After a couple of hours on the raft we arrived at our village for the night. Resting at the table outside of our new bamboo bedroom we were almost instantly surrounded by a group of women from the village who insisted on giving us massages. I say insisted because all of a sudden they were rubbing our shoulders despite our attempts to tell them we were fine. Honestly, a massage was too much sensation after the hiking we had done the past couple of days. And in case I haven't mentioned it yet, Thai massages are not gentle. One little kid kept covering my arms in loads of bracelets until I gave in and bought one. A villager walked by with a rather relaxed chicken clutched in his hands. He went right into the kitchen. We had chicken pumpkin curry for dinner.

According to Boone, this village eats dogs and monkeys. They also sell their babies to the more well off villagers in the tribe. Apparently the black dogs are worth more because they can cure more ailments when eaten. Boone has tried dog and monkey but doesn't chose to eat them if he has a choice. As he says, monkey is too similar to human and he doesn't like the taste of dog. Underneath the table was a sleeping black dog with a lame leg. On the bench across from us an elderly village woman wearing a tribal skirt and flip flops smokes a long pipe with an "I don't give a shit" face on. We drink their homemade rice whisky and catch fireflies in empty jam jars.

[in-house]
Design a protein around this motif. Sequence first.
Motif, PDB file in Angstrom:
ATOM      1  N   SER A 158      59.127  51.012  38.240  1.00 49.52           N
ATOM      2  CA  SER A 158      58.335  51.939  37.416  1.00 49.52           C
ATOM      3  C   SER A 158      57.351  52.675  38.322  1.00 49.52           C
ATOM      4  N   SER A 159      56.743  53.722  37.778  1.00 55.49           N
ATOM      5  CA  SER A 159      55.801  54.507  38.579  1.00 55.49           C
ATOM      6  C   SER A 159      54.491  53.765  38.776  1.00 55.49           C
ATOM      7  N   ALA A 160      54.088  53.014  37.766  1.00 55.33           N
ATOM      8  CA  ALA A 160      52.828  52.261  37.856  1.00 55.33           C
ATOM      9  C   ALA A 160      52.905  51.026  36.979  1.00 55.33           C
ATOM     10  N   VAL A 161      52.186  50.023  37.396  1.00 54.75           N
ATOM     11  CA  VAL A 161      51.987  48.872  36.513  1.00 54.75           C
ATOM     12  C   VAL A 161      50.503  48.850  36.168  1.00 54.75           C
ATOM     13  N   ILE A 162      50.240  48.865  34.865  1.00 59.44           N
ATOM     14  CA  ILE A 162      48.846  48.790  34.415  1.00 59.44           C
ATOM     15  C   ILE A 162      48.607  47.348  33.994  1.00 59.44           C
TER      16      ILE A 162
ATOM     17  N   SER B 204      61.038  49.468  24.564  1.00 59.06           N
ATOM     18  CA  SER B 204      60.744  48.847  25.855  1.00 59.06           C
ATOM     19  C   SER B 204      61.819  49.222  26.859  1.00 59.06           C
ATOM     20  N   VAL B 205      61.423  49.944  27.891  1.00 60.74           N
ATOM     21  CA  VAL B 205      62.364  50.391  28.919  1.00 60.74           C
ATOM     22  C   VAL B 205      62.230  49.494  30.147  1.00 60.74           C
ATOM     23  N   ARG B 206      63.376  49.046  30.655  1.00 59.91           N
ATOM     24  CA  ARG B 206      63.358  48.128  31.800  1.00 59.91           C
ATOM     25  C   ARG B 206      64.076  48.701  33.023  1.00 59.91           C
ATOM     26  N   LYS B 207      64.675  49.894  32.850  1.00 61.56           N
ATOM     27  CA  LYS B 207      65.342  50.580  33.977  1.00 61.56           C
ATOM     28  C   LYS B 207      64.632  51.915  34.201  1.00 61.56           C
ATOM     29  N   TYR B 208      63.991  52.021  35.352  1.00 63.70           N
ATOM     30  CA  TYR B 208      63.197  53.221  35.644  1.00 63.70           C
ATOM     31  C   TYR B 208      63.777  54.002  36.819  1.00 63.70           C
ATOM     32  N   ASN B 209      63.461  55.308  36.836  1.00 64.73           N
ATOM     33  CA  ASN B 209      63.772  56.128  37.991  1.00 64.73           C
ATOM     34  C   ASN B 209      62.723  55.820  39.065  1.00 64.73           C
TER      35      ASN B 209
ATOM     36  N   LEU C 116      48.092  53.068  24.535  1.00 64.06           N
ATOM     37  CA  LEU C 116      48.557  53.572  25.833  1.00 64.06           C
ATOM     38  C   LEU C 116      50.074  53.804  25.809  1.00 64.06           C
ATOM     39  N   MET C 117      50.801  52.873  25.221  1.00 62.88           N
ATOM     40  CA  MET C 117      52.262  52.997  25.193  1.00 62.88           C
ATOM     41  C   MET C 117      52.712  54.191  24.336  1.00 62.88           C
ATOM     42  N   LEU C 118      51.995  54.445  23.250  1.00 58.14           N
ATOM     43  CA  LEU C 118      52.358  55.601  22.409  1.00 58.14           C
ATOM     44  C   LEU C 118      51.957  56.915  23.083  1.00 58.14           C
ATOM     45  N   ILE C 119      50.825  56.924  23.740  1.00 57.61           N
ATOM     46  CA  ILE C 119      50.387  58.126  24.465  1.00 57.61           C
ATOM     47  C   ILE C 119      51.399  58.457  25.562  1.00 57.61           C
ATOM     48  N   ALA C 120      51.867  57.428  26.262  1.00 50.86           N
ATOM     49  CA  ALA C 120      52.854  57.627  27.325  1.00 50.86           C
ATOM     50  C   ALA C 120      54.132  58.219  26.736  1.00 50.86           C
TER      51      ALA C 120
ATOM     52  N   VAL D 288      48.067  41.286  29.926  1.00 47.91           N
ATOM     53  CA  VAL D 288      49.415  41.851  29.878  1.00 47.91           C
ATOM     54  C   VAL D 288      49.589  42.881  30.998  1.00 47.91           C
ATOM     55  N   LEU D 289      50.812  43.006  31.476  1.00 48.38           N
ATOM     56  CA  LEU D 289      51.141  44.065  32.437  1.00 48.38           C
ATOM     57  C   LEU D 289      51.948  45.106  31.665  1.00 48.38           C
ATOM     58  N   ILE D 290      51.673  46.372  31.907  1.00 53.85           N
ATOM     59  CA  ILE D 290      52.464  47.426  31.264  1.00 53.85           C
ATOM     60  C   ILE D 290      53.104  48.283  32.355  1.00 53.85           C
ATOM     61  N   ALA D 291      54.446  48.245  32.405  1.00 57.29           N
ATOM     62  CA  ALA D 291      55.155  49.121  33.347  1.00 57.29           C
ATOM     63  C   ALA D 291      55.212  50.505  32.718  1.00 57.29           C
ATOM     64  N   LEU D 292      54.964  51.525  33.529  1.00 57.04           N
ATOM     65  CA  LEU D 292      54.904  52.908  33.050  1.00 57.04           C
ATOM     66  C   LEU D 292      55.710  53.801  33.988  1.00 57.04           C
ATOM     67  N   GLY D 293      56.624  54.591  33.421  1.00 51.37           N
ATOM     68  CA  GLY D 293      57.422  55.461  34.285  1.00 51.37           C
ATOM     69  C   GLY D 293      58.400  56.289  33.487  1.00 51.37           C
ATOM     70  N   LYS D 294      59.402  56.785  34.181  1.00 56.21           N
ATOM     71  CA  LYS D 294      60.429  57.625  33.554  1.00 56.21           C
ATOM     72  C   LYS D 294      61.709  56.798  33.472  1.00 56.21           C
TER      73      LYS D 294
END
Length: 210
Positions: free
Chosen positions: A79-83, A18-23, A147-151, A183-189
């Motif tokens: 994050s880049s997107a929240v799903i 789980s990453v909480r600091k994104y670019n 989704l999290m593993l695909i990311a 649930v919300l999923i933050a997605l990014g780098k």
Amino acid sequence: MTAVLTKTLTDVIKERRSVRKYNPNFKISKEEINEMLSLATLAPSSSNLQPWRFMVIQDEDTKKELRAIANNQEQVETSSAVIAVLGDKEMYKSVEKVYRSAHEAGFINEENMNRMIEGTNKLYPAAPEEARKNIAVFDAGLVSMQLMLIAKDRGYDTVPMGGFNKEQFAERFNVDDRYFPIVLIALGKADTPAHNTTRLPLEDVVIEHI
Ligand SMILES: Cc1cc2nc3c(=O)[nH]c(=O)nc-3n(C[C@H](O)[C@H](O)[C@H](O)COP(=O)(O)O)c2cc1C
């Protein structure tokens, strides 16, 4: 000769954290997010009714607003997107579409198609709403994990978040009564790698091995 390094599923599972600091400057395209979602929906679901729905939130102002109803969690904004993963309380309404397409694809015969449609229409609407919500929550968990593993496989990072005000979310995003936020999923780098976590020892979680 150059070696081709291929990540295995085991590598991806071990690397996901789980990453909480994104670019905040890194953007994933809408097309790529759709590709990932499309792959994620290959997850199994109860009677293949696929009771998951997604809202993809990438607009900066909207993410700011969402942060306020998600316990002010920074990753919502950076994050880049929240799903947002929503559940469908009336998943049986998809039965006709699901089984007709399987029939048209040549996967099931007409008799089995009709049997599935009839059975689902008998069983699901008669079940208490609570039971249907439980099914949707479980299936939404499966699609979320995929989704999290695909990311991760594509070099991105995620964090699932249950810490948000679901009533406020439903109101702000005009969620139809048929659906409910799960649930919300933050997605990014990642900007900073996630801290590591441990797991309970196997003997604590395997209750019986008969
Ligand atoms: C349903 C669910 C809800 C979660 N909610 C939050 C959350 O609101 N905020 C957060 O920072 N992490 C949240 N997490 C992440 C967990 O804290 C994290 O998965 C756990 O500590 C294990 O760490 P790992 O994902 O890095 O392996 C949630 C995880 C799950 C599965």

Our trail mushrooms!

I woke up the next morning to the smell of smoke from breakfast cooking and quiet mews. Nothing can get me out of bed faster than kittens. They did not disappoint. Ry and I picked them up, their bony little bodies vibrating violently with their purrs. We walked through town before getting back on the raft for our final two hours down the river.

Boone told us the owner of this house was one of the wealthiest in town. He works in Chiang Mai and uses the money to better his home and family. Notice how he has wooden boards instead of woven bamboo for his walls?